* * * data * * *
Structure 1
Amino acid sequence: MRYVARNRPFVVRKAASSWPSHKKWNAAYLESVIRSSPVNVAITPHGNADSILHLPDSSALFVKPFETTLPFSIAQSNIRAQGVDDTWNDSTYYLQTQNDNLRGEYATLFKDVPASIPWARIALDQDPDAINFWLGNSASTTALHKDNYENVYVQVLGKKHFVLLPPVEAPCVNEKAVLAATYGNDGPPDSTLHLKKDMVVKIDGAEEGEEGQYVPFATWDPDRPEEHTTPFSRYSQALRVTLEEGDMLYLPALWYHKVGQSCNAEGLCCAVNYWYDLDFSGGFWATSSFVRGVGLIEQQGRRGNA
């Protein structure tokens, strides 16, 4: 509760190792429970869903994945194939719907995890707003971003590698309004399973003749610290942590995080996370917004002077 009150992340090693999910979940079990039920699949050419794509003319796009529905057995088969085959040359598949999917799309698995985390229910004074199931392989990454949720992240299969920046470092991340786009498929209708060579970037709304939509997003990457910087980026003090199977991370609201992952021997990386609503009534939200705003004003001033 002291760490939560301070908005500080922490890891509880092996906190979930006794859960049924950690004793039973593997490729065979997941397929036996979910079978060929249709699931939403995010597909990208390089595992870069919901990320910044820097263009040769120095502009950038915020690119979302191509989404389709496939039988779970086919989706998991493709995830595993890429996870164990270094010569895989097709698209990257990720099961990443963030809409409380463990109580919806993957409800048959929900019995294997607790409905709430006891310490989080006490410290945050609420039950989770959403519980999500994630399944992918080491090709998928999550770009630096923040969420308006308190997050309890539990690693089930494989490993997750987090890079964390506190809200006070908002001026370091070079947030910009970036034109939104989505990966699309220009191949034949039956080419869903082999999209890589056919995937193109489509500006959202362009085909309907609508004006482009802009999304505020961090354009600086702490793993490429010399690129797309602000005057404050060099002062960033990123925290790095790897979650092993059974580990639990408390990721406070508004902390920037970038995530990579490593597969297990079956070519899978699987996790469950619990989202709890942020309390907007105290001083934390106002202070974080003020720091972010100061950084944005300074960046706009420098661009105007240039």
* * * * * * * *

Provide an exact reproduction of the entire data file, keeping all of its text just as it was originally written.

Structure 1
Amino acid sequence: MRYVARNRPFVVRKAASSWPSHKKWNAAYLESVIRSSPVNVAITPHGNADSILHLPDSSALFVKPFETTLPFSIAQSNIRAQGVDDTWNDSTYYLQTQNDNLRGEYATLFKDVPASIPWARIALDQDPDAINFWLGNSASTTALHKDNYENVYVQVLGKKHFVLLPPVEAPCVNEKAVLAATYGNDGPPDSTLHLKKDMVVKIDGAEEGEEGQYVPFATWDPDRPEEHTTPFSRYSQALRVTLEEGDMLYLPALWYHKVGQSCNAEGLCCAVNYWYDLDFSGGFWATSSFVRGVGLIEQQGRRGNA
């Protein structure tokens, strides 16, 4: 509760190792429970869903994945194939719907995890707003971003590698309004399973003749610290942590995080996370917004002077 009150992340090693999910979940079990039920699949050419794509003319796009529905057995088969085959040359598949999917799309698995985390229910004074199931392989990454949720992240299969920046470092991340786009498929209708060579970037709304939509997003990457910087980026003090199977991370609201992952021997990386609503009534939200705003004003001033 002291760490939560301070908005500080922490890891509880092996906190979930006794859960049924950690004793039973593997490729065979997941397929036996979910079978060929249709699931939403995010597909990208390089595992870069919901990320910044820097263009040769120095502009950038915020690119979302191509989404389709496939039988779970086919989706998991493709995830595993890429996870164990270094010569895989097709698209990257990720099961990443963030809409409380463990109580919806993957409800048959929900019995294997607790409905709430006891310490989080006490410290945050609420039950989770959403519980999500994630399944992918080491090709998928999550770009630096923040969420308006308190997050309890539990690693089930494989490993997750987090890079964390506190809200006070908002001026370091070079947030910009970036034109939104989505990966699309220009191949034949039956080419869903082999999209890589056919995937193109489509500006959202362009085909309907609508004006482009802009999304505020961090354009600086702490793993490429010399690129797309602000005057404050060099002062960033990123925290790095790897979650092993059974580990639990408390990721406070508004902390920037970038995530990579490593597969297990079956070519899978699987996790469950619990989202709890942020309390907007105290001083934390106002202070974080003020720091972010100061950084944005300074960046706009420098661009105007240039």